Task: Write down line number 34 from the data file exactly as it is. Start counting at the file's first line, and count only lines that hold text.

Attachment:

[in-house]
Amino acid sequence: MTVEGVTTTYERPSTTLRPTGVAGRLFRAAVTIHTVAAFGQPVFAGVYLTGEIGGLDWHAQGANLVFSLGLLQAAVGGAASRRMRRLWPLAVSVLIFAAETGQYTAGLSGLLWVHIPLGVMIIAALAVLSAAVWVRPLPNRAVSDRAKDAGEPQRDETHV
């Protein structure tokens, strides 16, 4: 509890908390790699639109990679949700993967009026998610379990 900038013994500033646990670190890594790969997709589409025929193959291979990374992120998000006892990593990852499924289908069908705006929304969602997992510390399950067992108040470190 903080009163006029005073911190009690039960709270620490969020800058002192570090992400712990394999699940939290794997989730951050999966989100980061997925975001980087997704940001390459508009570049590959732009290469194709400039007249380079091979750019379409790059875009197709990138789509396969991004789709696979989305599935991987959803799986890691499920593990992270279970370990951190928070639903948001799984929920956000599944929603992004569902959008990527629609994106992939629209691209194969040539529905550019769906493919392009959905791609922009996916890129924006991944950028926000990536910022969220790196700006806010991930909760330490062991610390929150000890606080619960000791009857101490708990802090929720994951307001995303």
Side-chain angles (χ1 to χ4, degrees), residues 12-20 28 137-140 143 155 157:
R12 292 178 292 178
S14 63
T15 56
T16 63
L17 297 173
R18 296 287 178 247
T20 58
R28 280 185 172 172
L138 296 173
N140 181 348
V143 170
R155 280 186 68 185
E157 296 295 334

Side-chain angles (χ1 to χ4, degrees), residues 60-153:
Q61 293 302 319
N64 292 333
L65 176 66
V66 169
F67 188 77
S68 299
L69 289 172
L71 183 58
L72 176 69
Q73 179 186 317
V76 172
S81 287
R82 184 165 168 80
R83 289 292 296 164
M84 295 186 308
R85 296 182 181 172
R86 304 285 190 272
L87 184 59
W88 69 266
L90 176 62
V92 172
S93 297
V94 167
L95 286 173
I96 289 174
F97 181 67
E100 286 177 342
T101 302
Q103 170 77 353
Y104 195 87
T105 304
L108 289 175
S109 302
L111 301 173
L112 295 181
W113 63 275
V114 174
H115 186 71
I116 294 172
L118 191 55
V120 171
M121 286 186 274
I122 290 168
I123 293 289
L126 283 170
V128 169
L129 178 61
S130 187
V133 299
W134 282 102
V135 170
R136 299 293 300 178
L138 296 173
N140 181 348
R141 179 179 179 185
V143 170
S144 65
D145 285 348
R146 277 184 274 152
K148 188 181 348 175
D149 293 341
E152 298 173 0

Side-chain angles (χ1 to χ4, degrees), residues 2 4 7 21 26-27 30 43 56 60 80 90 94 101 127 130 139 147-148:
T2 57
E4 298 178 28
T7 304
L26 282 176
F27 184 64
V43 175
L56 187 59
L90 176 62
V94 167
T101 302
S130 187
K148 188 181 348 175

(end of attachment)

R85 296 182 181 172